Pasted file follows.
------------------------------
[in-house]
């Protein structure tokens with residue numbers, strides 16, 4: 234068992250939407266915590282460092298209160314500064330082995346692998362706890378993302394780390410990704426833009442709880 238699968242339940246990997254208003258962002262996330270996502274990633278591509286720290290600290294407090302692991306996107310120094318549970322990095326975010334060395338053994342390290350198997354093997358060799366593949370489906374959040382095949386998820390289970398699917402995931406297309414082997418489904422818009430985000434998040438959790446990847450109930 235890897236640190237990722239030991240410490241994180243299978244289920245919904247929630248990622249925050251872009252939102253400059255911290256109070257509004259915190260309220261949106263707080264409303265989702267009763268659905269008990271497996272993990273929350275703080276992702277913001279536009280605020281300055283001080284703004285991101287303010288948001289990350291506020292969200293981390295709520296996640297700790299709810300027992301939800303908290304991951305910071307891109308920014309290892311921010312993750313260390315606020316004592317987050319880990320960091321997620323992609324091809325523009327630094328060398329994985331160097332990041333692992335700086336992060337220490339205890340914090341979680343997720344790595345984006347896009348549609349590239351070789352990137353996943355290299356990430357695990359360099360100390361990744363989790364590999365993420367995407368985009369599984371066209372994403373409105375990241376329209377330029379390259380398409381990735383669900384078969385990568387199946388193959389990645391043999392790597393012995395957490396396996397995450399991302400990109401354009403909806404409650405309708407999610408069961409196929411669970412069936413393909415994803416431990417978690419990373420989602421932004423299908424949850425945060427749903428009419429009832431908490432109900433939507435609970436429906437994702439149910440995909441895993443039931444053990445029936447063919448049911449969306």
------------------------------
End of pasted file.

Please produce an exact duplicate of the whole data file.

[in-house]
């Protein structure tokens with residue numbers, strides 16, 4: 234068992250939407266915590282460092298209160314500064330082995346692998362706890378993302394780390410990704426833009442709880 238699968242339940246990997254208003258962002262996330270996502274990633278591509286720290290600290294407090302692991306996107310120094318549970322990095326975010334060395338053994342390290350198997354093997358060799366593949370489906374959040382095949386998820390289970398699917402995931406297309414082997418489904422818009430985000434998040438959790446990847450109930 235890897236640190237990722239030991240410490241994180243299978244289920245919904247929630248990622249925050251872009252939102253400059255911290256109070257509004259915190260309220261949106263707080264409303265989702267009763268659905269008990271497996272993990273929350275703080276992702277913001279536009280605020281300055283001080284703004285991101287303010288948001289990350291506020292969200293981390295709520296996640297700790299709810300027992301939800303908290304991951305910071307891109308920014309290892311921010312993750313260390315606020316004592317987050319880990320960091321997620323992609324091809325523009327630094328060398329994985331160097332990041333692992335700086336992060337220490339205890340914090341979680343997720344790595345984006347896009348549609349590239351070789352990137353996943355290299356990430357695990359360099360100390361990744363989790364590999365993420367995407368985009369599984371066209372994403373409105375990241376329209377330029379390259380398409381990735383669900384078969385990568387199946388193959389990645391043999392790597393012995395957490396396996397995450399991302400990109401354009403909806404409650405309708407999610408069961409196929411669970412069936413393909415994803416431990417978690419990373420989602421932004423299908424949850425945060427749903428009419429009832431908490432109900433939507435609970436429906437994702439149910440995909441895993443039931444053990445029936447063919448049911449969306």